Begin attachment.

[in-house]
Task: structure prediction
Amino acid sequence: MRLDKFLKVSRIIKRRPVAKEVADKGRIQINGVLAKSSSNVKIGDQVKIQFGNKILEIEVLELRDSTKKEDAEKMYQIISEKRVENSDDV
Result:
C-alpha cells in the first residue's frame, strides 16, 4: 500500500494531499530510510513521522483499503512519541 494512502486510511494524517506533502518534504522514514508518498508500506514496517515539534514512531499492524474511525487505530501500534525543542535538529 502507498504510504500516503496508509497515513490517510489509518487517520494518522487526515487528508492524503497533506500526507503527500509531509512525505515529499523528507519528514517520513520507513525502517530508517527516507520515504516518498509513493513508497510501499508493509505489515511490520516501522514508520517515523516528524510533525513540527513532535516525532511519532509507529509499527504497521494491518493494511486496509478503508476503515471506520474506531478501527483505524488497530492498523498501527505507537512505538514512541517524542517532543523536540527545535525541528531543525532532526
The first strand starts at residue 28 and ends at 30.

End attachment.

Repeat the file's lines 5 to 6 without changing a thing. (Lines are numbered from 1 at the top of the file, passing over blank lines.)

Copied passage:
C-alpha cells in the first residue's frame, strides 16, 4: 500500500494531499530510510513521522483499503512519541 494512502486510511494524517506533502518534504522514514508518498508500506514496517515539534514512531499492524474511525487505530501500534525543542535538529 502507498504510504500516503496508509497515513490517510489509518487517520494518522487526515487528508492524503497533506500526507503527500509531509512525505515529499523528507519528514517520513520507513525502517530508517527516507520515504516518498509513493513508497510501499508493509505489515511490520516501522514508520517515523516528524510533525513540527513532535516525532511519532509507529509499527504497521494491518493494511486496509478503508476503515471506520474506531478501527483505524488497530492498523498501527505507537512505538514512541517524542517532543523536540527545535525541528531543525532532526
The first strand starts at residue 28 and ends at 30.